And now here he was. Moments later. Centuries later. In the middle of waking with grace and composure, about to set the new world to rights, but something had detonated. Abruptly, all the air in the suspension chamber was very keen to be out of the suspension chamber, and he, Holt, sitting up, yawning, was ripped from his pod and spilled across the floor. He felt a dozen hoses and ducts of varying degrees of intimacy yanked out of his body, and he knew he was going to die. Yet he didn’t die. The air howled past him into nowhere, and then stopped doing that just as he was sure there was no air left to go anywhere. The deck beneath him shuddered to the thunderous closure of bulkheads.

The lights died. All he could do was lie there, collecting himself, scrabbling for the last rags of that grace and composure he’d felt so full of a moment before. And he was Command. He should be leaping into action, telling everyone what to do. Except he didn’t know what to do, he didn’t know anything.

There was a light. Just a little red one. He tried to get to it, managed to find his feet, then find the wall the hard way when he misremembered the dimensions of the suspension chamber. Found a bank of switches under his trembling hand. His fingers remembered how to open a channel, which was just as well because the rest of him had nothing useful to contribute.

‘This is Holt,’ he said into the staticky void. ‘This is Command. What’s going on?’

After too long, the jagged, broken-up voice of Olf came through: Engineering, the one department Holt really, really wanted to hear from.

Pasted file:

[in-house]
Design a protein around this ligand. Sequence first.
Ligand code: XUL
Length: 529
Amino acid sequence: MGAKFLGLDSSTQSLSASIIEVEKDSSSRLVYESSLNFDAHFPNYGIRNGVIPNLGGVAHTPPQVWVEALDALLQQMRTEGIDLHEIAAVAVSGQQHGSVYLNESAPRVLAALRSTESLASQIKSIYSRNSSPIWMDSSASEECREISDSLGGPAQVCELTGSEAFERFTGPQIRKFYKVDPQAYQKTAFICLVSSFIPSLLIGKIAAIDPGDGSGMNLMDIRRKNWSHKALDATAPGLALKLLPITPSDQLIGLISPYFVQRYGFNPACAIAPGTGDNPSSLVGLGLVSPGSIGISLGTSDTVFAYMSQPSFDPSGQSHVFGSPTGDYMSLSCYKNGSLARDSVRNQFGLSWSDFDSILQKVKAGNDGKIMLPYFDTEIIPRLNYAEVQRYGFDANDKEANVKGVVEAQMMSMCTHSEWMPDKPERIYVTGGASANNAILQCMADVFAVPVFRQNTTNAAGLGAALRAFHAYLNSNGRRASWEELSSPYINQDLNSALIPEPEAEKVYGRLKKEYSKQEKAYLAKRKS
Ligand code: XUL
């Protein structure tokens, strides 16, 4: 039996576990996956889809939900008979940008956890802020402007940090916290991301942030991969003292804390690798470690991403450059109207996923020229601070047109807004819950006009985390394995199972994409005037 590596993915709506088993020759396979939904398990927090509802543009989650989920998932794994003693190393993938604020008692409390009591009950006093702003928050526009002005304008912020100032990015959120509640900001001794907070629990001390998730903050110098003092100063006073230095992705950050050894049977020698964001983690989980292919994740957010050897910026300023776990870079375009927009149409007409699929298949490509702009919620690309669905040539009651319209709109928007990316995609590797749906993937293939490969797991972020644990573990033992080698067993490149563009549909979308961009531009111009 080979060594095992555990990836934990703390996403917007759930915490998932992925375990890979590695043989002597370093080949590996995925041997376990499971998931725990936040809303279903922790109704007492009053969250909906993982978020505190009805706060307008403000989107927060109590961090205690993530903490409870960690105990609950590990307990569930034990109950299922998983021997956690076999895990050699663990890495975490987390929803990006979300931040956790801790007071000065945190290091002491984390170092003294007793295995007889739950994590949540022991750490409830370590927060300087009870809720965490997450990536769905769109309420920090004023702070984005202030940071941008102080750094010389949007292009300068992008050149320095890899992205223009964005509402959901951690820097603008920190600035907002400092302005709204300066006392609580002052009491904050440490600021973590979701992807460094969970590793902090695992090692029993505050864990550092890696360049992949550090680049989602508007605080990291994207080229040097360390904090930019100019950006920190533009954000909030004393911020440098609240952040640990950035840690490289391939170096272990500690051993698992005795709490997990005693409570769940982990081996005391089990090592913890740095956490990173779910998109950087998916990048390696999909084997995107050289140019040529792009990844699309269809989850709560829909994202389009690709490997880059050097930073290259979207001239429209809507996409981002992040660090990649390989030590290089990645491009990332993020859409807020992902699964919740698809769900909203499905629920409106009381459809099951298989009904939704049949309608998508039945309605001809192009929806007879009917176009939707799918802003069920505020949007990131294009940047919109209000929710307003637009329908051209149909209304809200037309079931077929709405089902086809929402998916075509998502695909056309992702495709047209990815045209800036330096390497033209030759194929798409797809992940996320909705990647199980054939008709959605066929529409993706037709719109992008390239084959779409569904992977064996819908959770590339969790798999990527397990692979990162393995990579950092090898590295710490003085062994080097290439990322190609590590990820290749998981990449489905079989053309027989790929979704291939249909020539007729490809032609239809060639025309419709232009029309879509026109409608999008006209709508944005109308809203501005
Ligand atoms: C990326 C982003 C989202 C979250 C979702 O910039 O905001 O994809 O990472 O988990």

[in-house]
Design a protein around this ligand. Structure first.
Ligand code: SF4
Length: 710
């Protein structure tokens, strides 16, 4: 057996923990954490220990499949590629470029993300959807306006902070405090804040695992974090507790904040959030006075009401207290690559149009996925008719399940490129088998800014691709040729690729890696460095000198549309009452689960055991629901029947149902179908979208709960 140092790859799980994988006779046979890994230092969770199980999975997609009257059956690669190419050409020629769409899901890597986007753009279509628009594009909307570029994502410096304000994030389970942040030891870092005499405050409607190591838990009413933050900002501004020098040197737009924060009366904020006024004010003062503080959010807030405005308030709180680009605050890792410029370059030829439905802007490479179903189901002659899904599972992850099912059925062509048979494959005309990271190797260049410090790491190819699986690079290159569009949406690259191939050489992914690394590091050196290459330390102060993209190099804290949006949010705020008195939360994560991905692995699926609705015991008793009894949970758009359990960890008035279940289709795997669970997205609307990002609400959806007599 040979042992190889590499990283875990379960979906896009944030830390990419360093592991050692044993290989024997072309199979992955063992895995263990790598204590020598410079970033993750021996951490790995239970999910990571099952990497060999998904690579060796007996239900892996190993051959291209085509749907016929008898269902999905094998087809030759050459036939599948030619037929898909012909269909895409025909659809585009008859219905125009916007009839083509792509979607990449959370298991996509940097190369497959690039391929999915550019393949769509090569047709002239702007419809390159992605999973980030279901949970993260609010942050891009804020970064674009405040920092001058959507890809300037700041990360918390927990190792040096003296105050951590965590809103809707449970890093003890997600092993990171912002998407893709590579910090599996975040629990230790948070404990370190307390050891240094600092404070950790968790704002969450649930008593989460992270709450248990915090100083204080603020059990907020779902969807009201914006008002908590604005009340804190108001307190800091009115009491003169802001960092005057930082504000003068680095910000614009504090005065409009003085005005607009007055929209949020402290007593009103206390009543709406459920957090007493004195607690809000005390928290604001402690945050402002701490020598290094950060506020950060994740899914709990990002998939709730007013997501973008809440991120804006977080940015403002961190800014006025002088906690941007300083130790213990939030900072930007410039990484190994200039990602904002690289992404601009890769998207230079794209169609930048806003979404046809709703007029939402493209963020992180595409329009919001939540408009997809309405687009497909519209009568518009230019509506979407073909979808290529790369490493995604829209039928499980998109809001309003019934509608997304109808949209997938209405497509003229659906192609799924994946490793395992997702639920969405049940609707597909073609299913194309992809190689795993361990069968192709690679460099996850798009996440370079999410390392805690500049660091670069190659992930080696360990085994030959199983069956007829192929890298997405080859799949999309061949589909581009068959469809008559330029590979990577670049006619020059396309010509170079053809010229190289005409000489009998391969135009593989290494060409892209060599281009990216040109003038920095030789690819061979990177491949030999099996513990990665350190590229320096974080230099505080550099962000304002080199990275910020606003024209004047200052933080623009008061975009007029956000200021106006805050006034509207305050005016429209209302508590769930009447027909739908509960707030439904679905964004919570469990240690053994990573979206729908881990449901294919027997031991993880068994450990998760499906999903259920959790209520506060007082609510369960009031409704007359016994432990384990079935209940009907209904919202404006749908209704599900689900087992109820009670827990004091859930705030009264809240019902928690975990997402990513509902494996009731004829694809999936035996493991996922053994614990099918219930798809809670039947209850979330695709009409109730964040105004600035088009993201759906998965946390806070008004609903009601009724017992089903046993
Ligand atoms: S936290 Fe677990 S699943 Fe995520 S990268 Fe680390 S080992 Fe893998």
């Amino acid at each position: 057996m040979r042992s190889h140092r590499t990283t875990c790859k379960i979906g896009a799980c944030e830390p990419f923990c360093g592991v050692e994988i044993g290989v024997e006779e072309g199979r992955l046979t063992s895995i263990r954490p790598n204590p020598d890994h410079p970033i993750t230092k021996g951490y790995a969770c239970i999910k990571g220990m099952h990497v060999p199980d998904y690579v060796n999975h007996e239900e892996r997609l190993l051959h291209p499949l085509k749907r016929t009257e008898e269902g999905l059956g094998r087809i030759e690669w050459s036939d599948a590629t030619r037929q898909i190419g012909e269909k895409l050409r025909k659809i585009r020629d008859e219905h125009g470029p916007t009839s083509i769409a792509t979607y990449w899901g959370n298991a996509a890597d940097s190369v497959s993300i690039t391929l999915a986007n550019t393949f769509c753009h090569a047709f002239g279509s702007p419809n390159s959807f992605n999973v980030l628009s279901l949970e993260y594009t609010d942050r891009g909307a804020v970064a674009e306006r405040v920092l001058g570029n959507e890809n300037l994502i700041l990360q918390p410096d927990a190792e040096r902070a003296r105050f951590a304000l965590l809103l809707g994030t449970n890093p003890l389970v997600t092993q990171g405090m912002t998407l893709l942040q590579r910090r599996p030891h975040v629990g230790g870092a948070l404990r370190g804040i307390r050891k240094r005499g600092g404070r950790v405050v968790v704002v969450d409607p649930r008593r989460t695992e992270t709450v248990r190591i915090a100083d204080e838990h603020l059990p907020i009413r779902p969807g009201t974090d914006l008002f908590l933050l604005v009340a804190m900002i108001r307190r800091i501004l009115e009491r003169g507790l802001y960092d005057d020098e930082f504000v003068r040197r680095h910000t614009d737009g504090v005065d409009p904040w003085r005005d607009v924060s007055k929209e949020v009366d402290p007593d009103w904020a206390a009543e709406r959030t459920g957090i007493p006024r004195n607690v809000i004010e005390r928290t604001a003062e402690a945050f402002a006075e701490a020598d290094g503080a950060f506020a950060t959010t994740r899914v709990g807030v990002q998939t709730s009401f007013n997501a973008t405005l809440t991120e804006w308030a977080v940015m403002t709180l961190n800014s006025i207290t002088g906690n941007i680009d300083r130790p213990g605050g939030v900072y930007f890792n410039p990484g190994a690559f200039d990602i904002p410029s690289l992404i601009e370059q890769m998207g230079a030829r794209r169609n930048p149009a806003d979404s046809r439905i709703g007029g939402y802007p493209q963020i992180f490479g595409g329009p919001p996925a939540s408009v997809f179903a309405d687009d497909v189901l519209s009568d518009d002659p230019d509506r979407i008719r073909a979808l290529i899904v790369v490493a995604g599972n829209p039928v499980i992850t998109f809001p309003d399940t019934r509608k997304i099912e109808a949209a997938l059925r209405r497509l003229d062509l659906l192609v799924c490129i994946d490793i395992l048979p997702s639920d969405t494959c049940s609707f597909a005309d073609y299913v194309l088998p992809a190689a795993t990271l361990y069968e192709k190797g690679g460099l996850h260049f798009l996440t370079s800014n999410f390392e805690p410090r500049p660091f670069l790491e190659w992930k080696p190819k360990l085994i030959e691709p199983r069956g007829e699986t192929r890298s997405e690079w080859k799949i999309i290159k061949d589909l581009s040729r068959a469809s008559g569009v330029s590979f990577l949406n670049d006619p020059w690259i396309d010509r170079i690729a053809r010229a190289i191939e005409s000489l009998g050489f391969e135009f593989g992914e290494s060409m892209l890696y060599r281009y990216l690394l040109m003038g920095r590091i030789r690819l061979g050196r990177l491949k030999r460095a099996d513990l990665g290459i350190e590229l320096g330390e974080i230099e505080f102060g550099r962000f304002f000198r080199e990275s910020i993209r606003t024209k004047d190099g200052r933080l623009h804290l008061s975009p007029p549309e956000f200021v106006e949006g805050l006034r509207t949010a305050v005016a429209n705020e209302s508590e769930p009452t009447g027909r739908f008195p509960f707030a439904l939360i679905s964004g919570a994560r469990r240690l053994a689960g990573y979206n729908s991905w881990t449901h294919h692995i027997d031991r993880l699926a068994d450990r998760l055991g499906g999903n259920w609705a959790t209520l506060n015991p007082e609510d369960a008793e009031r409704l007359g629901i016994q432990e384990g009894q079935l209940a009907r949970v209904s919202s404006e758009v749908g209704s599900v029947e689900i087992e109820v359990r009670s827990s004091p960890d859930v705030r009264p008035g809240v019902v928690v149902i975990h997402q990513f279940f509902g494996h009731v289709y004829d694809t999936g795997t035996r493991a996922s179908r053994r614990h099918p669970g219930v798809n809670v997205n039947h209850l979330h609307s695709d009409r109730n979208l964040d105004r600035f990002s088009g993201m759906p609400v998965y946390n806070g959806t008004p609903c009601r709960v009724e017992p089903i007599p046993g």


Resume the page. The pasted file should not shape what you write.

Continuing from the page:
‘Captain,’ from Olf. ‘Heorest. Stable. We’re stable. I think we’re stable.’

And, as if needing Olf’s reassurance before venturing out again, the lights in the suspension chamber came back on. Holt looked around, shrugging out of the open-backed gown he’d slept in, fumbling in the lockers for a shipsuit. Olf’s pod was open, the lid now hanging off at an alarming angle. His own had slapped shut after ejecting him. Bare-footed, he stumbled over to look at the others. Halena’s was empty, the lid almost shut but trailing hoses caught in it. He couldn’t put any good interpretation on that. Oh, perhaps she’d got the jolt at the same time he had, but had just gotten her head together more quickly. It seemed more likely, though, that Olf had felt a stronger need to be Secured than Commanded first off.

Esi and Mazarin were still under. Nothing needed Science done to it, apparently, and everyone knew the classicist would be the last to be woken, unless one of the Ancients was staring them in the face. Except, while Esi’s readouts were all within tolerable amber, Mazarin’s were either in the red or just out like blown candles. Olf had fitted a new pod for him, after the mess the last one had made of the man, but perhaps the failing systems had been integral to Mazarin, and not part of the ship at all. He was dead, and that was that. And he hadn’t been the easiest man to get on with, but he had been One Of Us.

Holt started Esi’s wake-up procedure, and sent remotely for Gembel, the new Science chief, too. While they were woken up, he liaised with Olf about how bad things were. Because he didn’t want to go do his job without a full Key Crew. Because he didn’t want to even think about coming back here to find more red lights and fewer friends.